There are many reviews popping up over the blogosphere of the recent launch of the first fresh gluten free wrap on the market that actually wraps! It’s something of a revelation* and certainly a major technical achievement for Warburton’s Newburn Bakehouse range – so a big round of applause to them; but as with many new gluten free product launches, the £2.99 price tag (for 3 wraps) has caused lots of disgruntled comments on Twitter and Facebook.
Now I agree that gluten free food is often expensive, and I would definitely welcome a reduction in price. The cost is the reason coeliacs have access to gluten free prescriptions, however I think we need to move on – I don’t think it’s always unjustifiably expensive; and I don’t think it’s fair to compare with gluten-containing foods. Here’s why:
1. It’s expensive for a reason
Contrary to popular belief, I don’t think gluten free manufacturers are trying to exploit people who need to eat gluten free. If we want to have ‘like for like’ on taste without having the same ingredients, we don’t get to have like for like on price because gluten free products…
- …Cost more to develop – Warburtons spent 10 months working on their wrap – that’s a lot of investment in something as simple as a piece of bread.
- …Contain more expensive ingredients from further afield – tapioca and rice flour from certified gluten-free sources for example. See the impact of needing use pure oats on the relative costs of the Nairn’s gluten free oatcakes (£1.25 per 100g) and normal oatcakes (36p per 100g) which otherwise have the same ingredients and are the same product.
- …Need tighter production controls – small producers who go through product testing can testify to the cost of the process. Warburtons invested in an entirely separate production facility to ensure the free from status of the products, and our safety – that doesn’t come cheap either.
- …Don’t benefit from economies of scale – the market is smaller so there isn’t the capacity to get discounts on source ingredients, production and transport.
2. A better comparison is what you would pay for what you would have as an alternative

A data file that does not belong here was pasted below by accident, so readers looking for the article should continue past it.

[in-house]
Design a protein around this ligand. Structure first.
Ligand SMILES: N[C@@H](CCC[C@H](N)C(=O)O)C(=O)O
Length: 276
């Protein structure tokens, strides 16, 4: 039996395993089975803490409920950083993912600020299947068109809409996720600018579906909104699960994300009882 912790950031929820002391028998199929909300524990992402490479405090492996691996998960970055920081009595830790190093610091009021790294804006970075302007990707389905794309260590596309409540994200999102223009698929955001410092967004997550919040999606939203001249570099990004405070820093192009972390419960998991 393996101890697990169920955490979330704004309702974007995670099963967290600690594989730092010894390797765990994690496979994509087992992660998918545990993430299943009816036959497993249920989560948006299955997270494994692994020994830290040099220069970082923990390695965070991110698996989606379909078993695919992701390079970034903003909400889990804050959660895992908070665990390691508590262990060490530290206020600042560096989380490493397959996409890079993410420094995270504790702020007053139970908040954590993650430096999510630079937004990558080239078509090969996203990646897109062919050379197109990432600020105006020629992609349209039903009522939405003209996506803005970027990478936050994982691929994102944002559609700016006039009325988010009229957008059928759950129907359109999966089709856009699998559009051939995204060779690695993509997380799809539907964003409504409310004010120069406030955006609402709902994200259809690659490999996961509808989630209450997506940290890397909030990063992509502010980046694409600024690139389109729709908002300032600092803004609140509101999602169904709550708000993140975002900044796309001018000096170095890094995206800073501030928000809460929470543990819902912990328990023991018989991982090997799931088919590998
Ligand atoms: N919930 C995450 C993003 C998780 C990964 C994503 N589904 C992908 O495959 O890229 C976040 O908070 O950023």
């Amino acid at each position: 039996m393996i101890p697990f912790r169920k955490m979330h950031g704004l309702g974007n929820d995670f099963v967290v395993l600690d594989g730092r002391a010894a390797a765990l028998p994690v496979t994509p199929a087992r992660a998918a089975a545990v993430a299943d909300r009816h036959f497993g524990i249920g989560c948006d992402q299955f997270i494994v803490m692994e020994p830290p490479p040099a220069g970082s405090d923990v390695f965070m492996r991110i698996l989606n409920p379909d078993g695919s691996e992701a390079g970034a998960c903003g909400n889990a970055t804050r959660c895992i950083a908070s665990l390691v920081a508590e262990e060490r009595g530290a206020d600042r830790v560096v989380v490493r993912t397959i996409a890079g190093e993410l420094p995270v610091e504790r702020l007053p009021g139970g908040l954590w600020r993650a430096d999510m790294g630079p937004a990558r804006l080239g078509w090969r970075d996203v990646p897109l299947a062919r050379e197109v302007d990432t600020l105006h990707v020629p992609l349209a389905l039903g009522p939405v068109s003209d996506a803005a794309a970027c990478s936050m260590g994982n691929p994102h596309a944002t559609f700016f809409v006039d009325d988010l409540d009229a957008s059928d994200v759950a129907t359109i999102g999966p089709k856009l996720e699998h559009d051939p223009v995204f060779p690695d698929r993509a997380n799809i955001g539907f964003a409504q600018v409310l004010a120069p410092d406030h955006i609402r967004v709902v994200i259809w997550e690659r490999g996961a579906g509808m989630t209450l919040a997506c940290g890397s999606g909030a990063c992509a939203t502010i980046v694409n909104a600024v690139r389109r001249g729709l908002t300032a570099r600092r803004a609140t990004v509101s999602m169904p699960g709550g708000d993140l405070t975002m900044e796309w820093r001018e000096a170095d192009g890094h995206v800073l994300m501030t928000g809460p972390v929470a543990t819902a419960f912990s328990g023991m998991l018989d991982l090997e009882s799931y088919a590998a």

When I consider how much I am willing to pay for gluten free bread – I consider two things:
- Do I think it’s worth the money? £3 for a loaf of bread that is riddled with holes and falls apart? No chance. £2.99 for yummy wraps that mean I can enjoy a delicious burrito on the streets of Cork with my mates? I’ll happily cut back on another treat for that experience every so often.
- How does the price compare to the gluten free food I would otherwise have? I make a packed lunch most days for work for both cost and health reasons – sometimes it’s a sandwich. If I didn’t, the alternative wouldn’t be a gluten-containing product, it would be a salad from Pret or POD or some sushi from Itsu. I’d easily spend £6-8 on lunch, as opposed to the £2-3 I spend on ingredients including gluten free breads.
3. Don’t make it the mainstay of your diet
I agree that things like gluten free bread can be great because they provide convenience and comfort – they make us feel normal in a gluten-containing world; but the simple answer to the cost of the product, is not to buy so much of it.
It’s been well documented in the mainstream media, and on this great blog that gluten free options are not healthy – they often contain more calories, fat and sugar than the gluten-containing versions, and shouldn’t form the basis of our diet.
I started enjoying my life as a coeliac more when I stopped being obsessed with having cake, or being able to get a sandwich on the move, and started exploring the many less-expensive and naturally gluten free alternatives I could still enjoy. Thus breakfast is often fruit and yogurt (or scrambled eggs at the weekend), lunch is soup or a salad. Rice and potatoes form the basis of most of our evening meals. Of course I still have the occasional sandwich or gluten free pasta, but my diet is delicious and varied without having it every day.
4. Endless harking back to gluten-containing life will only make you depressed
Someone asked me the other day what gluten-containing foods I really missed, and I struggled to answer because I don’t tend to focus on it. When I did answer started feeling sad about Chinese takeaway – no fun! Standing in front of the croissants at Sainsbury’s, meeping quietly to yourself isn’t helpful, might lead to you cheating on the diet and certainly won’t make you any happier. The sad fact is, if you have to eat gluten-free, life has changed and our shopping basked needs to aswell – try to move forwards positively and use it as an opportunity to eat more healthily, learn more about food and get well!
So in conclusion, I think we should hope for improvements in price as market demand and competition grows and there are ingredient and product innovations, but the price of bread isn’t the be-all and end-all of living a happy, healthy (and inexpensive) gluten free life!
What do you think? Is £2.99 a fair price for gluten free wraps?
*I should state that Newburn Bakehouse provided me with the wrap to try ahead of it being released in supermarkets. I generally do not review ‘freebies’ on the blog, but this issue caused such a twitter storm, so please bear in mind my potential lack of impartiality in my enthusiasm for the new product!